Exploring Edinburgh: Botanic Lights

Edinburgh is full of quiet, leafy spots you’d never believe are right in the heart of the city. Dean Village, the Water of Leith walkway, Stockbridge… and to add to these favourites, the Royal Botanic Garden. With 70 acres of alpines, woodland and shrubs, not to mention Britain’s tallest Victorian glasshouse, visiting the Botanics are a must if you’re a nature fan who’s somehow ended up living in the centre of town (I speak from experience).

Recently, we were lucky enough to attend one of Edinburgh’s main autumn events: the Botanic Lights. Along with a group of fellow Instagrammers, we joined the lines of people waiting to experience this light and sound show in the middle of the week. A pretty nice way to break up the long days at work, don’t you think?

I’m far from being a night-time photographer (those manual settings are a pest, haha…) but I’ve edited a few of my photos from that mild October evening in the gardens. The Botanic Lights event continues until the 6 November, so if you’ve got a free few hours and fancy some fresh air, there’s nothing better than a dark wander through the woods. Check out the availability here.

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Shapes and shadows. As you’ll quickly discover when you enter the Botanics, the combination of light and leaves is completely mesmerising. Strobes swivel in several shades, beams catch on leaves and branches, and from the dark comes deep bass and exotic melodies. It makes you want to dance in and out of the inky trees (but you hold yourself back so the people behind don’t think you’ve gone mad).

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A journey through time and trees. Each section of the light show — like the Botanics itself — has a clear character. From the incredible projection at the Chinese Hillside (do NOT miss this, even if there’s a queue!) to the African-themed display at the Pond, your wander through the gardens will feel like a journey across continents.

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The iconic Botanics building. Even if you’ve never visited the gardens before, you’ll recognise this glasshouse. Officially dubbed the ‘Victorian Temperate Palm House‘, on an average day it’s the entrance to the ten climate zones which make up this maze of greenhouses. During the Botanic Lights though, it becomes the cinema screen for a rainbow of colours and phosphorescence. The whole solar system could be held within its raised glass roof, or perhaps it’s the light of a million fireflies stuck inside…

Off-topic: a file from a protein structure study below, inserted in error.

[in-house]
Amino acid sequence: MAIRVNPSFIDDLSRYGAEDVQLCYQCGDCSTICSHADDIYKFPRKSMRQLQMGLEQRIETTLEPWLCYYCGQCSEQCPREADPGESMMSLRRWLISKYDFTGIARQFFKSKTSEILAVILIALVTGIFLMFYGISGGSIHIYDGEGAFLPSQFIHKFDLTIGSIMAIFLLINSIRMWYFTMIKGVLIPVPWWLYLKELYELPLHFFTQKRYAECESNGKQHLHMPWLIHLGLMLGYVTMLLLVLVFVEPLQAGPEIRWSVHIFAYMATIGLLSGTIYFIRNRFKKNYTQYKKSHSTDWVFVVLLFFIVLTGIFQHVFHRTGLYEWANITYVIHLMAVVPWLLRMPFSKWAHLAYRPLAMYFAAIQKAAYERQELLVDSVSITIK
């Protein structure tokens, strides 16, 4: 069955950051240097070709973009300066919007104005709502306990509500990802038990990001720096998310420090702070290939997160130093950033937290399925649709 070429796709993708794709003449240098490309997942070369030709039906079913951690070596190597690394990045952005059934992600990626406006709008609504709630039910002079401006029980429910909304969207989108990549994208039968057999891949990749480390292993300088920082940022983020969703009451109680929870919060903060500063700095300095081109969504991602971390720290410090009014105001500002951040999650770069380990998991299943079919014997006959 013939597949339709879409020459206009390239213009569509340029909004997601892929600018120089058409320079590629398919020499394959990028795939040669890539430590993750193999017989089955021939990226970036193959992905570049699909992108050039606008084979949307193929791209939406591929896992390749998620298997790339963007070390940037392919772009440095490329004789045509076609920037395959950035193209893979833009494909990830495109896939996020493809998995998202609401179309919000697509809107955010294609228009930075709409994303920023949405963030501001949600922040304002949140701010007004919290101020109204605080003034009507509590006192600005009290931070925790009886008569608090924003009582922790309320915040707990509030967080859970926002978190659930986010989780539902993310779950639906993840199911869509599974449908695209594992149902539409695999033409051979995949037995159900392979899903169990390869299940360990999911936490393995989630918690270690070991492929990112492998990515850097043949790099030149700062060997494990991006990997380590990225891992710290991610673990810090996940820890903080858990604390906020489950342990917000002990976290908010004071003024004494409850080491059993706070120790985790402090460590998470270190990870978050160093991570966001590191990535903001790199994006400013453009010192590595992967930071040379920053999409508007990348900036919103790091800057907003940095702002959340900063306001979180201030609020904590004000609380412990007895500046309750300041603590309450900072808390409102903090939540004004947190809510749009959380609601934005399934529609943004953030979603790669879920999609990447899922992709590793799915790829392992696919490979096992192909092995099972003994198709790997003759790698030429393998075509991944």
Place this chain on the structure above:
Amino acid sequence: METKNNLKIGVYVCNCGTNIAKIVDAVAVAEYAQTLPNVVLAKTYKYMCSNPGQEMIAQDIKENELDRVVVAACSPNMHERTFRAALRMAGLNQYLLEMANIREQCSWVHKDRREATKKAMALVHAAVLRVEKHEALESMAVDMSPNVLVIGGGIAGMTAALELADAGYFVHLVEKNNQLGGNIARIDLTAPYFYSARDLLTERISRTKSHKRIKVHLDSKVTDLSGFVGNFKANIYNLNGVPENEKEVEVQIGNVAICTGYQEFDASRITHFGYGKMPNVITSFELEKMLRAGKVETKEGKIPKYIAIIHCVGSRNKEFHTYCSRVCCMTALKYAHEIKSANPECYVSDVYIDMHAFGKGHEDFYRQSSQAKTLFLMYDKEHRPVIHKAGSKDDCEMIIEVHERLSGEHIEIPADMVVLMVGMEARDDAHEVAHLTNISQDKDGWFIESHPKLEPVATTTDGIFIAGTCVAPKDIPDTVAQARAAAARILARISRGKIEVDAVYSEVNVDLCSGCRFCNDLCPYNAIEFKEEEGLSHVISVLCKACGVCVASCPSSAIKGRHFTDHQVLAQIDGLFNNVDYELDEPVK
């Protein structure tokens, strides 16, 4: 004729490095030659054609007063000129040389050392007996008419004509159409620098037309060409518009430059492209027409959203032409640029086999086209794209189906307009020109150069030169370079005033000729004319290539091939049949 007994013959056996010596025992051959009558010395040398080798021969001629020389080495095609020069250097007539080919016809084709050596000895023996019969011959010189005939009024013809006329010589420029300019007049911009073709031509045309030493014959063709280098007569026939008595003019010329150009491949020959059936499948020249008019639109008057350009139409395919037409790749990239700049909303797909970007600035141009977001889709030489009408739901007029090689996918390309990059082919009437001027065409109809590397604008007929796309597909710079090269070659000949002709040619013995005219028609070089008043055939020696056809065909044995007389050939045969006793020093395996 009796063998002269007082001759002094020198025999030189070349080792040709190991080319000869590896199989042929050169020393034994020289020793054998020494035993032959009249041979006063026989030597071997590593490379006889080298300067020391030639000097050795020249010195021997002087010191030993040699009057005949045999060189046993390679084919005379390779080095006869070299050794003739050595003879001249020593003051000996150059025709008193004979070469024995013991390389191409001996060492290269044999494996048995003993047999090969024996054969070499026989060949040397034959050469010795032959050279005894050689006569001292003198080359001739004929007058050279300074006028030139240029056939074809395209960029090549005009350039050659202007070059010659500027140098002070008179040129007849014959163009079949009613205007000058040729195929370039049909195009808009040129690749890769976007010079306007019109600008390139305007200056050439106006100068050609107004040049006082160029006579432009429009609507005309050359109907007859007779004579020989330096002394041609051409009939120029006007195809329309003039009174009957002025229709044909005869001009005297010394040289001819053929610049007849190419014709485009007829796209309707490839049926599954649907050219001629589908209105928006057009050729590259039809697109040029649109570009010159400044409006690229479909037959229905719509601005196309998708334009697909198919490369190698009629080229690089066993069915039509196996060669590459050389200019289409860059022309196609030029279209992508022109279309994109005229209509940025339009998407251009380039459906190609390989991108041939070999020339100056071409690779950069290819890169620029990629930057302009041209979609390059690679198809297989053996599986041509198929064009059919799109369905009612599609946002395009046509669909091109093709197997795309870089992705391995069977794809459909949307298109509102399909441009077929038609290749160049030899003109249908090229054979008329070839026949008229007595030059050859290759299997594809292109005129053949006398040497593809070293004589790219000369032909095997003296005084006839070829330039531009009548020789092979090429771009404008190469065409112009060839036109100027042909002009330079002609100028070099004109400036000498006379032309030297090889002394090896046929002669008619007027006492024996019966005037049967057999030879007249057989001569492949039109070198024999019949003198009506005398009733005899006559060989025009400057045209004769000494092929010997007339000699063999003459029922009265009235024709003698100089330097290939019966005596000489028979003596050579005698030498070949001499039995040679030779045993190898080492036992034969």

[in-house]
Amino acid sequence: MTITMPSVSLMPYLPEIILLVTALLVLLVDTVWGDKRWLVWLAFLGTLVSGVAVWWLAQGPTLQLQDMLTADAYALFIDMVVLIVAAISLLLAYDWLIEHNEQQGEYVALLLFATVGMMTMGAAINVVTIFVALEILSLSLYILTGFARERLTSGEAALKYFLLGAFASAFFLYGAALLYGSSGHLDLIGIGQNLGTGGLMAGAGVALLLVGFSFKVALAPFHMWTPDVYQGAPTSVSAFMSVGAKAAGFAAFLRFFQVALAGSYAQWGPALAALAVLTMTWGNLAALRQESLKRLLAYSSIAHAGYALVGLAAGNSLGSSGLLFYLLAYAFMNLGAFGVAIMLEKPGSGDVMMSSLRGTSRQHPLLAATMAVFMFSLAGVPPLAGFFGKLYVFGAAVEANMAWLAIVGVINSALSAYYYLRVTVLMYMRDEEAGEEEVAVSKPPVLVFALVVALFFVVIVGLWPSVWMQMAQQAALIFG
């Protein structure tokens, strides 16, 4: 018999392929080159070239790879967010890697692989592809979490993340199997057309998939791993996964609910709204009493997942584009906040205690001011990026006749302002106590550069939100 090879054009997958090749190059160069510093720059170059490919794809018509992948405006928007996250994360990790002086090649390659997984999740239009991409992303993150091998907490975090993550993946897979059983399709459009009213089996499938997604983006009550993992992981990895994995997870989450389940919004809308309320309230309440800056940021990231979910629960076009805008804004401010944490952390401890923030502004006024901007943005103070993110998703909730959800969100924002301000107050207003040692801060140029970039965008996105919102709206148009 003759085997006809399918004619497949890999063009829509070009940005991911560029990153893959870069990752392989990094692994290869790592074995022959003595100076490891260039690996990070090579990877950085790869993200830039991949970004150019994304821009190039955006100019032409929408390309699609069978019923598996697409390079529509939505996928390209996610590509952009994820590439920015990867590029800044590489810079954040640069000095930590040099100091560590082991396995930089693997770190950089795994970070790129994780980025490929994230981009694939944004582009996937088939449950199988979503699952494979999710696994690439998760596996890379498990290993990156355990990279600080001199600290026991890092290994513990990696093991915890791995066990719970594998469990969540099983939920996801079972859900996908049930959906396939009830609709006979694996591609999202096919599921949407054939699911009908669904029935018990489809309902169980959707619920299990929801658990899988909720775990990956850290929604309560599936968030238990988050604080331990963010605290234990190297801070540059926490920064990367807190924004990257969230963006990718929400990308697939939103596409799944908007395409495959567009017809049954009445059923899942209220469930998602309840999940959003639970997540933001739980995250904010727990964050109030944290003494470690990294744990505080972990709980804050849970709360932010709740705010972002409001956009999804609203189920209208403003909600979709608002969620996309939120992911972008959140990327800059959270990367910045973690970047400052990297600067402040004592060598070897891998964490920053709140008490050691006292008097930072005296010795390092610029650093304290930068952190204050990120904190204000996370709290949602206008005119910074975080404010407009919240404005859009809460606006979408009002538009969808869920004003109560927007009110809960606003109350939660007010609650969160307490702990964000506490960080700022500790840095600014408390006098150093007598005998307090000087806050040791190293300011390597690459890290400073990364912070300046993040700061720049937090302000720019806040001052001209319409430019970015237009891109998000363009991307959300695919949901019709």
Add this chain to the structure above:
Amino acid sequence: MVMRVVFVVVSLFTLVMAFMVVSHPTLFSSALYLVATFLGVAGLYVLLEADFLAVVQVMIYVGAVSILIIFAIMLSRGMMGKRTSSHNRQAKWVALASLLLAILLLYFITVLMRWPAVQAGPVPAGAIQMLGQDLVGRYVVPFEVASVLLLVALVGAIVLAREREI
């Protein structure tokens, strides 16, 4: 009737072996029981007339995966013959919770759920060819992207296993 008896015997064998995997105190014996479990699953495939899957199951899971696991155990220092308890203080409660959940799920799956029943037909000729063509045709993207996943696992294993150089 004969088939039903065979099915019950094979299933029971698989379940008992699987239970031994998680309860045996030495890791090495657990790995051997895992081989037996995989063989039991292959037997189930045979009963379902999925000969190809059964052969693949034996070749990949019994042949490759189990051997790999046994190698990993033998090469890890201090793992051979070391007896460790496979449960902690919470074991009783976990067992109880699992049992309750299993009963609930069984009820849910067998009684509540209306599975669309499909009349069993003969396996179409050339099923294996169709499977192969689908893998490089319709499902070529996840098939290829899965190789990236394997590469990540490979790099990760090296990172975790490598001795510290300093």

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Leaving a memento. Along with the obvious theme of travel, the designers of Botanic Lights have incorporated an interactive element into many of the exhibits. There’s a strongman game which illuminates the pines; buttons you can press to make blue lights rainbow-coloured and — like a bright maypole in the dark grounds — flags onto which visitors are invited to attach a handwritten ribbon. We grab a few colours of fabric and scribble a Sharpie message before tying it onto the tree.

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Into the night. There are so many amazing photo spots throughout Botanic Lights but this lane of lit globes was my favourite. With the litter of leaves lining the walkway and the odd orange frond falling from the adjacent trees, nothing says the Botanic Gardens in autumn more than this scene.

Have you been to Botanic Lights? What did you think?

6 thoughts on “Exploring Edinburgh: Botanic Lights

  1. Yes, we went last evening and it was glorious in that the weather was kind with no wind or rain, just mild and calm and the Botanics looked superb in all the illuminations and music. It was really worthwhile but then we love the Botanics in ordinary circumstances and go whenever considering we don’t live in Edinburgh. We live rather nearer to their outreach at Dawyck Botanic Gardens which are beautiful too. I recommend the event, We chose 7.30 entry which was perfect, last about an hour in normal walking round the whole place.

    1. Ah! Sounds like you got the same weather we did 🙂 How perfect is it just walking around in the dark? It’s such a unique event, we would absolutely go again. You’re also lucky to live near Dawyck! We went not too long ago and thought it was beautiful. Actually, that’s an idea… We might go back this weekend to see the autumn colours!

    1. Hi Anabel! How are you? Funny you say that about Glasgow, I’ve never been myself but friends have told me it’s not that great. I haven’t been to the Enchanted Forest either (that’s on the list for next year!) but I really did rate the Botanic Lights event, well worth the price (and you can sit outside and have a drink & cake too, that’s always a winner for me!)

      1. Maybe some year we’ll come across to Edinburgh. This year, there is a torchlight procession advertised in Glasgow’s west end which I think must be instead of the lights in the Botanics as I’ve not seen anything about that. I’ve heard good things about the Enchanted Forest too but never been organised enough to get up there.

  2. I’ve only been to the Botanics in Edinburgh once and it was lovely! I’ve been to a similar event at the Botanics in Montreal, but it sounds like a fun activity to do in Scotland too! Your night photos have come out really well I think 🙂

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